Pushing and Pulling Stamford's Orchestra in New Directions
30. Jul. 2005 – WHEN Eckart Preu was a student at the Hartt School of Music in Hartford in the mid-90's, he lived in Manhattan and commuted to Connecticut, where he took conducting lessons and was music director of the Norwalk Youth Symphony. For him, Stamford was just another stop on the Metro-North Railroad.
Now as the newly appointed music director of the Stamford Symphony Orchestra, Mr. Preu (pronounced proy) takes a very different view.
''For some people, if they want good music, they go hear the New York Philharmonic,'' he said. ''But I'm seeing that the level of the Stamford Symphony is so high, it's amazing. One of the great challenges will be to really find out what makes people identify with Stamford, and what makes the Stamford Symphony stand out from orchestras in the region, especially orchestras in New York City.''
Mr. Preu, 35, will begin his three-year contract with concerts on Oct. 8 and 9 at the Palace Theater in Stamford.
He succeeds Roger Nierenberg, who resigned in January 2003 after 24 years in Stamford, and who is credited with raising the orchestra from a semiprofessional community group into a fully professional orchestra that includes many New York freelance musicians.
Bringing a stronger identity to Stamford will require overhauling the entire concert experience, Mr. Preu contends. With this aim in mind, he plans to present thematic concerts of works that are less frequently heard, and to take the orchestra out of the concert hall and into nontraditional venues.
''I will not shy away from adventurous things, and neither should the audience,'' he said. ''Some people think orchestra music should be a serious thing. That's why I left Germany, because we took music way too seriously there. Music is supposed to be hard work there. I don't think that's true.''
Born in the former East Germany, Mr. Preu attended boarding school in Dresden, where for eight years he was a member of the Dresdner Kreuzchor, the eminent boys' choir founded in the 13th century. There he rose through the ranks as a soloist, rehearsal pianist and, eventually, assistant conductor. After high school, he studied conducting at the Franz Liszt Academy of Music in Weimar and at the Paris Conservatory. .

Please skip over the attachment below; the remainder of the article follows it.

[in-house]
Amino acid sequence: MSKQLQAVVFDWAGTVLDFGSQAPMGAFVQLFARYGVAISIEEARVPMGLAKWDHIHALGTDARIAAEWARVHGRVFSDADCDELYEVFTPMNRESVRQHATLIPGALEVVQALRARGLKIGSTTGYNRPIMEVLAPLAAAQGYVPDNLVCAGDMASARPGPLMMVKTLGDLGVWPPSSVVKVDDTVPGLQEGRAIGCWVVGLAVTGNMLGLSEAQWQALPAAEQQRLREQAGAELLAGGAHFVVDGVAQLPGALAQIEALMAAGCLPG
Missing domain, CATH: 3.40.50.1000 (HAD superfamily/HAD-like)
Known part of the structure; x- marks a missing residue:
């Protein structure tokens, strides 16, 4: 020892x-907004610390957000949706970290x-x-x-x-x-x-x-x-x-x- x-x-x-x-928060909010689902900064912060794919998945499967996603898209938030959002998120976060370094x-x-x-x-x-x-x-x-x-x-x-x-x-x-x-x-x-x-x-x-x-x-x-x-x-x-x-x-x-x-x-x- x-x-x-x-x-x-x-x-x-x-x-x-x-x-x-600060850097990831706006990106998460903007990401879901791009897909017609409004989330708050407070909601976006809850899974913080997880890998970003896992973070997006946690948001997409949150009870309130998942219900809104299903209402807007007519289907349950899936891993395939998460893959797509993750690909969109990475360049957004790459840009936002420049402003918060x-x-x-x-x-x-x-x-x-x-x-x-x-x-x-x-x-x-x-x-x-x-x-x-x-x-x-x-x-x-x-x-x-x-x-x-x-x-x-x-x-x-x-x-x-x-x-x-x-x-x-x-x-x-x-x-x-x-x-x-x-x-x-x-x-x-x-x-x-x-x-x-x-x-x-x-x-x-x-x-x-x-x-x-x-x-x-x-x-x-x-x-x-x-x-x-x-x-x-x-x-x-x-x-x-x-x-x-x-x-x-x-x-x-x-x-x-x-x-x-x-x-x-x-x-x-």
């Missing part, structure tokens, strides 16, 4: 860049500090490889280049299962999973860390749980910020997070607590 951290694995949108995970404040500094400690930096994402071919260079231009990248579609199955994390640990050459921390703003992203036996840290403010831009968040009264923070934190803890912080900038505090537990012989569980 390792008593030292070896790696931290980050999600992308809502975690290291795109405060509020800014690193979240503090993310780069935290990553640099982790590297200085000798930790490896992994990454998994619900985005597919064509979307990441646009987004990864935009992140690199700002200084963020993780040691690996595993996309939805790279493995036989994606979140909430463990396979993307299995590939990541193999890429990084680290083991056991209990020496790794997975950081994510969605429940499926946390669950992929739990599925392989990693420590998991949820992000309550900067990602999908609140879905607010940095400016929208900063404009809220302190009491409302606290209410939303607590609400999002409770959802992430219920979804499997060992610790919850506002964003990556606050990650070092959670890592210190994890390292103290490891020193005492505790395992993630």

In 1996 Mr. Preu won a national conducting competition that brought him to the Hartt School, where he continued his graduate studies in conducting with Harold Farberman. He also met Leon Botstein, the president of Bard College, in Annandale-on-Hudson, N.Y., and the music director of the American Symphony Orchestra, which is known for its innovative thematic programming. Soon they struck up a working relationship, and from 1997 to 2004, Mr. Preu was a resident conductor of the American Symphony, which is based in Manhattan, and a guest conductor at the Bard Music Festival.
Mr. Botstein acknowledged that the traditional career path for a conductor -- working up through junior positions at regional orchestras -- required Mr. Preu to develop a niche in a crowded market.
''Eckart isn't interested in standard repertoire names,'' he said. ''What astonishes him is discovering the riches of the repertory. Instead of doing the Tchaikovsky Violin Concerto, he might do the ''Joachim'' Concerto. Instead of doing a Brahms symphony he might do a Hartmann symphony.''
''He has a tremendously winning personality,'' he added. ''A lot of people in this business are narcissists. He doesn't get caught up in its theatricality.''
Along with his work with the American Symphony and at Bard, Mr. Preu served from 2001 to 2004 as an associate conductor at the Richmond Symphony in Virginia, a job he gave up last year after joining the Spokane Symphony as the music director. In his first year in Spokane, Wash., he introduced several works that the symphony had never performed before.